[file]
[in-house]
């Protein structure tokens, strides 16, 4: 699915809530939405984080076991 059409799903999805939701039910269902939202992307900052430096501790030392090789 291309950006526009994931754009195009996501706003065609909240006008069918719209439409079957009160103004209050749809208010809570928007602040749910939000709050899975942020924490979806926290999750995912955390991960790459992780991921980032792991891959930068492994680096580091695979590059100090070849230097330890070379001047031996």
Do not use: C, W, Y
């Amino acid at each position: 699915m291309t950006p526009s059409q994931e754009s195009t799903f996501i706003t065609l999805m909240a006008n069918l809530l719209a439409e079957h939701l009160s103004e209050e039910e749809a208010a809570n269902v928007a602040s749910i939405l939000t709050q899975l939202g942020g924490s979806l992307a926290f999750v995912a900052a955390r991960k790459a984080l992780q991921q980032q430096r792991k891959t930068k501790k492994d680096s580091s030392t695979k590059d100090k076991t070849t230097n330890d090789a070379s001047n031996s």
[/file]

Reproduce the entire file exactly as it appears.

[in-house]
């Protein structure tokens, strides 16, 4: 699915809530939405984080076991 059409799903999805939701039910269902939202992307900052430096501790030392090789 291309950006526009994931754009195009996501706003065609909240006008069918719209439409079957009160103004209050749809208010809570928007602040749910939000709050899975942020924490979806926290999750995912955390991960790459992780991921980032792991891959930068492994680096580091695979590059100090070849230097330890070379001047031996």
Do not use: C, W, Y
């Amino acid at each position: 699915m291309t950006p526009s059409q994931e754009s195009t799903f996501i706003t065609l999805m909240a006008n069918l809530l719209a439409e079957h939701l009160s103004e209050e039910e749809a208010a809570n269902v928007a602040s749910i939405l939000t709050q899975l939202g942020g924490s979806l992307a926290f999750v995912a900052a955390r991960k790459a984080l992780q991921q980032q430096r792991k891959t930068k501790k492994d680096s580091s030392t695979k590059d100090k076991t070849t230097n330890d090789a070379s001047n031996s």